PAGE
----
SunGhosts describe themselves as “sun-drenched” and they’re right.
The band is upbeat and bright – both in character and sound – and emulate that into everything they do. Their latest self-titled 14-song release begins in a hurly-burly jam- including segments of choppy guitars and melodies with a glimmer of metal influences alongside ska strokes – “The misfits we were born to be/ We gotta spread the SunGhost mischief/ From sea to sea” sleekly sings vocalist Nik Balisario on “Sunnyside Uppercut.” It’s part tagline and part fun, but wholly expression- regarding women, weather, and woes. It’s pop-oriented rock. A sound that could considerably reach commercial radio.
Balisario grew up in Miami and has been playing music in the city for over eight years, in several other bands building up to the creation of SunGhosts. Following Rivero was former metal bassist Jared Steingold, who Balasario met at a party, and drummer Louie Estopiñan, who quit his job to join the band.
“The whole semester we [Rivero] were just joking the whole time, laughing a lot, obviously learning about music business,” says Balisario. “Then we were talking about quitting our bands we were with, because there were bad people in them who weren’t working hard. And we’re like, ‘oh! let’s start a garage/surf rock band.’ we were super into that […] It felt good and it was fun and it was like three random dudes who didn’t know each other at all just getting together and playing music. And it worked.”
SunGhosts have gained notoriety both in the media and their fandom – from young girls crying over missing the band’s set, to being chosen to perform the first annual Okeechobee Fest back in March via a Battle of the Band’s showcase at Gramps in Wynwood, to playing at Austin’s SXSW festival, as well as booking a slot on the Sunday date of Miami’s iii Points festival. Currently they’re enduring a full-length national tour, and continuously they’re working towards being future proprietors of the music festival circuit.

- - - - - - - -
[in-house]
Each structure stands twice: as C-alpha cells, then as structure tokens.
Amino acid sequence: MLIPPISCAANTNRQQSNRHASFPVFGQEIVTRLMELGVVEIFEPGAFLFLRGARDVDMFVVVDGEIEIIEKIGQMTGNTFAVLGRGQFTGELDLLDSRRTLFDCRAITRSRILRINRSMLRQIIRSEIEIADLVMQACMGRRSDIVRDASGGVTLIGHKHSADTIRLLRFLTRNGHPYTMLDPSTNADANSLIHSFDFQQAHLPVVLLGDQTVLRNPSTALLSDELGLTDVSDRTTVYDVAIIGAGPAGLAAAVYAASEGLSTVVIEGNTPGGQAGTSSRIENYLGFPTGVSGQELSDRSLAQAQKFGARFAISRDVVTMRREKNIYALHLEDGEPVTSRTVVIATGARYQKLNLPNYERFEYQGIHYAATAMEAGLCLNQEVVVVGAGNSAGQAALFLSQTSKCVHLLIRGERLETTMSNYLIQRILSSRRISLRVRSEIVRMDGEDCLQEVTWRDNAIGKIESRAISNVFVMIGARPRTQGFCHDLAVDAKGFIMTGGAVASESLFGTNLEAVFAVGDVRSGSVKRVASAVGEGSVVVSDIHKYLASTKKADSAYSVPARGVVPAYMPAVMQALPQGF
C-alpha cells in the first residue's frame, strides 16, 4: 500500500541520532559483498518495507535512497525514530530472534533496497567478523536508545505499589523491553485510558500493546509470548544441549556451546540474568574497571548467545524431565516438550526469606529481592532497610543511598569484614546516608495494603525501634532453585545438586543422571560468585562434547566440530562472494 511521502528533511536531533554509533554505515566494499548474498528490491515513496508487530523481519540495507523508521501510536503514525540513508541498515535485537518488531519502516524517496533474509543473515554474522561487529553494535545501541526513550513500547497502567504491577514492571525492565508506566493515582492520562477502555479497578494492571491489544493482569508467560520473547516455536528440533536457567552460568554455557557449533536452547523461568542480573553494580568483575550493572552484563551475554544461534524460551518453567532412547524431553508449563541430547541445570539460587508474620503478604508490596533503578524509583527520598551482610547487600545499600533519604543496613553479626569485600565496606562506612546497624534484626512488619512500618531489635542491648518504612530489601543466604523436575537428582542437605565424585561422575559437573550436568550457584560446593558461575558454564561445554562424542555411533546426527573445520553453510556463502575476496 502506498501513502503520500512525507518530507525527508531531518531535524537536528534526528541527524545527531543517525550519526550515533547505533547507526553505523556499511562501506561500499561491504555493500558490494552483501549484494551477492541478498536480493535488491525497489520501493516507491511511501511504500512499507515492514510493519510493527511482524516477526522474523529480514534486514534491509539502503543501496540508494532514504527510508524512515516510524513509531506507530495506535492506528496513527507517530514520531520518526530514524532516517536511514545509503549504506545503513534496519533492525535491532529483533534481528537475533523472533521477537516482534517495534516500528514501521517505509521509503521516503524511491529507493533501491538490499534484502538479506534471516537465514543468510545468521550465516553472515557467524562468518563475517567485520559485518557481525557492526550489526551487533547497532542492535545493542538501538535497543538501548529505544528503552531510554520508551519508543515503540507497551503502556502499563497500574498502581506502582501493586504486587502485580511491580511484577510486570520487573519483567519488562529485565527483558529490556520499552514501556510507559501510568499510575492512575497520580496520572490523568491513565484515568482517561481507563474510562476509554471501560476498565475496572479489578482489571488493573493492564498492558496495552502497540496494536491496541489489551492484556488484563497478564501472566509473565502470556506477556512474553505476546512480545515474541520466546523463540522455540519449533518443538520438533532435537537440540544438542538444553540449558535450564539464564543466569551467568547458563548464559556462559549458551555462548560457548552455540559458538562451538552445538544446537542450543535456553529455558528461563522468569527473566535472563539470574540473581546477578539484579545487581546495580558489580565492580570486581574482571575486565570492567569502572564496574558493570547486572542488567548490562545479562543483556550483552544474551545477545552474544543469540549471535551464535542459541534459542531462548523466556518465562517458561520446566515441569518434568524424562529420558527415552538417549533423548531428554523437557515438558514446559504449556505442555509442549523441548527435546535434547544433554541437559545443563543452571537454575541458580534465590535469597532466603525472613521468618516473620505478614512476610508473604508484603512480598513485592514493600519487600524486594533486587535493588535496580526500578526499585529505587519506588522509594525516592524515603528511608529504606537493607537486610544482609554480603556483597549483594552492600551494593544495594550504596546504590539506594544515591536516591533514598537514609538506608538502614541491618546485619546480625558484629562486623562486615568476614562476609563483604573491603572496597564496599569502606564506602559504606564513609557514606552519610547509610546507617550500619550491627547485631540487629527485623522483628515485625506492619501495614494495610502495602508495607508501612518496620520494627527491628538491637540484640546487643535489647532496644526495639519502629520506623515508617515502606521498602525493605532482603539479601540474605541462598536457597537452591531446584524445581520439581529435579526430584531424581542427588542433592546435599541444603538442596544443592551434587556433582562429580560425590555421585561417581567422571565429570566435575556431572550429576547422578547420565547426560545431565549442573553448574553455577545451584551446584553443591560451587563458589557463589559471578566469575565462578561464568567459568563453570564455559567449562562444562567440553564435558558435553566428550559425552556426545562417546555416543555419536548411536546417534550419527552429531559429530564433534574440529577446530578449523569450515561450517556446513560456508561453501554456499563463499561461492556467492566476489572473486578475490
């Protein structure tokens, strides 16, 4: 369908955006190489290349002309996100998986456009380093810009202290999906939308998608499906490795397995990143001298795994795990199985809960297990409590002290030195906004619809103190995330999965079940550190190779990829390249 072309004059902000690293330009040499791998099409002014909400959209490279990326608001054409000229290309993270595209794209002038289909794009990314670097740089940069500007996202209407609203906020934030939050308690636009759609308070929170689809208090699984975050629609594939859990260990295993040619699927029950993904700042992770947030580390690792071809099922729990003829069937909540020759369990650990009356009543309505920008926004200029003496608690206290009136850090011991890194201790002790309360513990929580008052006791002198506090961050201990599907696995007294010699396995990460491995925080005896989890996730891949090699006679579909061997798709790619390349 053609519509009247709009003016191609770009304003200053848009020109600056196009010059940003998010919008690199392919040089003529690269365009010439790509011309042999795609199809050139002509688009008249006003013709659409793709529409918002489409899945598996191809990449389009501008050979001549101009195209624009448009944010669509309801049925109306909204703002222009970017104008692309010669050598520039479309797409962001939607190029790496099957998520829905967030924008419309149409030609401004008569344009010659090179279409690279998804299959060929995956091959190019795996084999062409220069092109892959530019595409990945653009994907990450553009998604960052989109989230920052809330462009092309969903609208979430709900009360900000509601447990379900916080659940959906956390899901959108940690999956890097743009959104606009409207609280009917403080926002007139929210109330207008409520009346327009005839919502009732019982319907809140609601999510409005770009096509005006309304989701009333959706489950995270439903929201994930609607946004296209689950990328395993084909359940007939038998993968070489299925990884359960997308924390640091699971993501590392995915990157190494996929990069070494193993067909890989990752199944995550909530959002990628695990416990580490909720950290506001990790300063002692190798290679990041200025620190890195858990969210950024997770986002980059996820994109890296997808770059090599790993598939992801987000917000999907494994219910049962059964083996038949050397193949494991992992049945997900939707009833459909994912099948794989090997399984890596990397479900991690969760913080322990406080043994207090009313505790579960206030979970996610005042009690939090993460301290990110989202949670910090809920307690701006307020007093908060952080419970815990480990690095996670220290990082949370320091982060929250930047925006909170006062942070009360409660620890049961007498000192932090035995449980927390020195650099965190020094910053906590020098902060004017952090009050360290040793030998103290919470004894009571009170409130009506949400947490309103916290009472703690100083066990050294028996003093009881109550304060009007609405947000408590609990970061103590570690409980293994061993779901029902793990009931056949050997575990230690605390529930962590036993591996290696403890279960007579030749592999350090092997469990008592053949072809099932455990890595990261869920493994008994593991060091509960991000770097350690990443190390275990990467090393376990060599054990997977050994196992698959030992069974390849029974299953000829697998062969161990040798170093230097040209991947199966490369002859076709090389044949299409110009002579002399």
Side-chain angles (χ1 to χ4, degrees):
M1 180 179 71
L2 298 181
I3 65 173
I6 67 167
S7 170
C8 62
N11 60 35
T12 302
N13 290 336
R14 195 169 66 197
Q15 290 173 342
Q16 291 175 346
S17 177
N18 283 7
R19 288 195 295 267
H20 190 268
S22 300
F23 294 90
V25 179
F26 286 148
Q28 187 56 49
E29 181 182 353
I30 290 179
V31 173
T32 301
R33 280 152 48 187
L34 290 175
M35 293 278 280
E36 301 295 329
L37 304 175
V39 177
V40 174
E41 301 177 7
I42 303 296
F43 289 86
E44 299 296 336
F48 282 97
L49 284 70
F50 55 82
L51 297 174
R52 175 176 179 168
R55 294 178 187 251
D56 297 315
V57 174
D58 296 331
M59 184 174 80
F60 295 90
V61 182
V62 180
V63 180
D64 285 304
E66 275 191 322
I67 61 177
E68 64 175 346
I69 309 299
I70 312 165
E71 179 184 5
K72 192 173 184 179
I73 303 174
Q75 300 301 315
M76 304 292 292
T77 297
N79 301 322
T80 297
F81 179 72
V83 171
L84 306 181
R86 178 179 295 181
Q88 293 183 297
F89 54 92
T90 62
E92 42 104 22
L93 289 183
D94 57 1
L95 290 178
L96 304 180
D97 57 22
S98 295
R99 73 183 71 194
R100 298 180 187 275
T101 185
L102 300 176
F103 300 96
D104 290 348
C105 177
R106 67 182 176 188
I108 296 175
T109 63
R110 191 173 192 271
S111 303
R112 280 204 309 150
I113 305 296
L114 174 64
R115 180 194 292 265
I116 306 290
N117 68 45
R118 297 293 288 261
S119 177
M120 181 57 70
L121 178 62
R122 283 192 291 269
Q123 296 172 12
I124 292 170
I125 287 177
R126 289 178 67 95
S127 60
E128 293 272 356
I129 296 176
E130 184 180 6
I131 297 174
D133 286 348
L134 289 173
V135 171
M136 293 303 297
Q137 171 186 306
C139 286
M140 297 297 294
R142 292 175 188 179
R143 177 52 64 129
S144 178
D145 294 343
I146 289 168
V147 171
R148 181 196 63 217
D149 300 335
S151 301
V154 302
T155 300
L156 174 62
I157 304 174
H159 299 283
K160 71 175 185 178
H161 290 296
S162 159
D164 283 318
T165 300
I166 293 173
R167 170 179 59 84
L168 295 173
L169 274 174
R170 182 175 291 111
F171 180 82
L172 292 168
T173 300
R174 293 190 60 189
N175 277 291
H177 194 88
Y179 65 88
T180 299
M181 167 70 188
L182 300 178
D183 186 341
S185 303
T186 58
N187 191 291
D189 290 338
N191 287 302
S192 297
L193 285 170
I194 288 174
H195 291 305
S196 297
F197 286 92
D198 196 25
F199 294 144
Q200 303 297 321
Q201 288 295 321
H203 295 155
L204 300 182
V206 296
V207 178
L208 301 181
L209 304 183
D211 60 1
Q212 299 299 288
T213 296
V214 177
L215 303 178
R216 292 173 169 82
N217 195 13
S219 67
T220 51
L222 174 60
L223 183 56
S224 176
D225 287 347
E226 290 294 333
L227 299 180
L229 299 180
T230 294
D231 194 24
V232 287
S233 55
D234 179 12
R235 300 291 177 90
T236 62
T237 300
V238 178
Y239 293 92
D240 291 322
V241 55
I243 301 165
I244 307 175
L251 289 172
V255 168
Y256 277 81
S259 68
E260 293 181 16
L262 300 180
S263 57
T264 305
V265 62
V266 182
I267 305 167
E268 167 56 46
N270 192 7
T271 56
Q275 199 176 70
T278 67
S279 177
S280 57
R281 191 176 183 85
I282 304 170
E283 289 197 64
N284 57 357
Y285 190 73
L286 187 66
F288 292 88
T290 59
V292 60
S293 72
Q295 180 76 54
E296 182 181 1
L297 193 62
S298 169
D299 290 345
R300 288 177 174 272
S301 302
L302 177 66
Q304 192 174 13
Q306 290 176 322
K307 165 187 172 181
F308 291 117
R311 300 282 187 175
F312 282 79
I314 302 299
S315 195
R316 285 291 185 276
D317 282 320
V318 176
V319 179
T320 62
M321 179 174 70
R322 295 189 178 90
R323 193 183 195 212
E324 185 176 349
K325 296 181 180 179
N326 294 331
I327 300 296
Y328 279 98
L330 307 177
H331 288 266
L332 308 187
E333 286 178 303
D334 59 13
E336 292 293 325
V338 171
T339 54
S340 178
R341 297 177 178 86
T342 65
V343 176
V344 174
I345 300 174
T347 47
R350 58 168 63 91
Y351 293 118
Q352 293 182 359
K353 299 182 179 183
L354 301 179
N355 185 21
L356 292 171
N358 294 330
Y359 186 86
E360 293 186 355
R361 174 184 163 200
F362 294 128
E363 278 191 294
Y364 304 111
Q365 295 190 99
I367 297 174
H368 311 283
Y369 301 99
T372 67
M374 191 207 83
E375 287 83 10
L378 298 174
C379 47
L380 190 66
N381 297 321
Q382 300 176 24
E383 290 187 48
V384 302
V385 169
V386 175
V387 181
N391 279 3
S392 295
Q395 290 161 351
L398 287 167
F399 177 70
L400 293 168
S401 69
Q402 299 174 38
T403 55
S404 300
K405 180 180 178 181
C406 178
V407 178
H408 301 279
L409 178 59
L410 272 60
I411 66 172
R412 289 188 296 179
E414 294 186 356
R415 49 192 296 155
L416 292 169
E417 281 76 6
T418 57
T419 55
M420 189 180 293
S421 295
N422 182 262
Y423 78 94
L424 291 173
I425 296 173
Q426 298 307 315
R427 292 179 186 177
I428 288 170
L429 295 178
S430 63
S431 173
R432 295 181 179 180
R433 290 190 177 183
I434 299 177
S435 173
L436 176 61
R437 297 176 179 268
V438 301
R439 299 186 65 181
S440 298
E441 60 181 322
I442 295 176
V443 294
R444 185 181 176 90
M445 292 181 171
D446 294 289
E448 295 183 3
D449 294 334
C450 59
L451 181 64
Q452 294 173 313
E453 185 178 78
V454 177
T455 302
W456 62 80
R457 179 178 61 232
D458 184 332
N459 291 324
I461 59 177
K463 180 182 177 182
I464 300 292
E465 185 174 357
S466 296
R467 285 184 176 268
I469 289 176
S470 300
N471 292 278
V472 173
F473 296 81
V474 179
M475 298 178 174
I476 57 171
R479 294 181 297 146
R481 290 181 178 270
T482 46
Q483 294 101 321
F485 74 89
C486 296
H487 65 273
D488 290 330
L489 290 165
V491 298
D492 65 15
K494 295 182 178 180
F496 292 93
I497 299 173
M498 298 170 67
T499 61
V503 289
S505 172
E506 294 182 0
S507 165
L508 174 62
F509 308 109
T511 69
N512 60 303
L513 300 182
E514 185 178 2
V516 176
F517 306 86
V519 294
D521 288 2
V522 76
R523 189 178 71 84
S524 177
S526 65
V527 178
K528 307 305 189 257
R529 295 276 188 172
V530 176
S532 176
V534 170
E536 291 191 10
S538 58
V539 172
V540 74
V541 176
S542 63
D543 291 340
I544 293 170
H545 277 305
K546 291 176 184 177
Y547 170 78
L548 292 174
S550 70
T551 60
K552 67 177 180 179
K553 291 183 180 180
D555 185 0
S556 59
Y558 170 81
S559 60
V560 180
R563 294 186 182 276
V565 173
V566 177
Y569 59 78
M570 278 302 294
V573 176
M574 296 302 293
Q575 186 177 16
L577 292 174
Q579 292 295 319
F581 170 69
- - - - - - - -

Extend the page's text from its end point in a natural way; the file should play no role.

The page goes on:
How did SunGhosts start off?
Nik: We started two years of us doing our own thing and handling/maning our own social media and going out to shows and meeting people, we have a big campaign. [We] just made some really cool stickers thanks to our artist Trooper, he lives in Orlando and we started passing out these stickers as a way to get the word around. Make a cool sticker, pass it out. Before doing any social media posts it was like,‘coming soon: our album.’ People have to be able to hear music, so I recorded a three-song EP within like half a year of us getting together and we released it and that’s been holding us off for two years.
Talk about your music
Nik: We finally released a new EP with a record label and indie start-up that signed us last year, with gentlemen Joel Someillan, an engineer and he has two Grammy’s, really really awesome cool dude. And Christine De la Huerta, she works like PR and marketing, she helps us as our personal manager with everything we do. So our team is like, us four, then them two and then our artist Trooper, who is long distance right now. So we’re building our team little by little and our goals are to start touring more often, play more festivals, and we’re about to release our album.
Where does the band name come from?
Nik: The term “Sunghosts,” it’s like a scientific thing that happens, but what happens when the sun is rising or setting and there’s some kind of reflection in the sky on either side and it looks like there’s three suns, like a big one in the middle and they’re like, two reflections of the sun on either side, and so that’s what sunghosts is and parhelion is. It kind of looks like a ring around the sun.
Who are your influences, both musically and personally?
Jared: There’s a lot of people who’ve influenced me, and most of them are not bass players. Like Freddie Mercury. When I saw this Live at Wembley Stadium on video cassette that my dad had and I saw that in our entertainment system like at the house i was like ‘WHOA! that’s what I wanna do!’ which is cool because I play in a band with a guy that looks like Freddie Mercury, so I’m pretty close.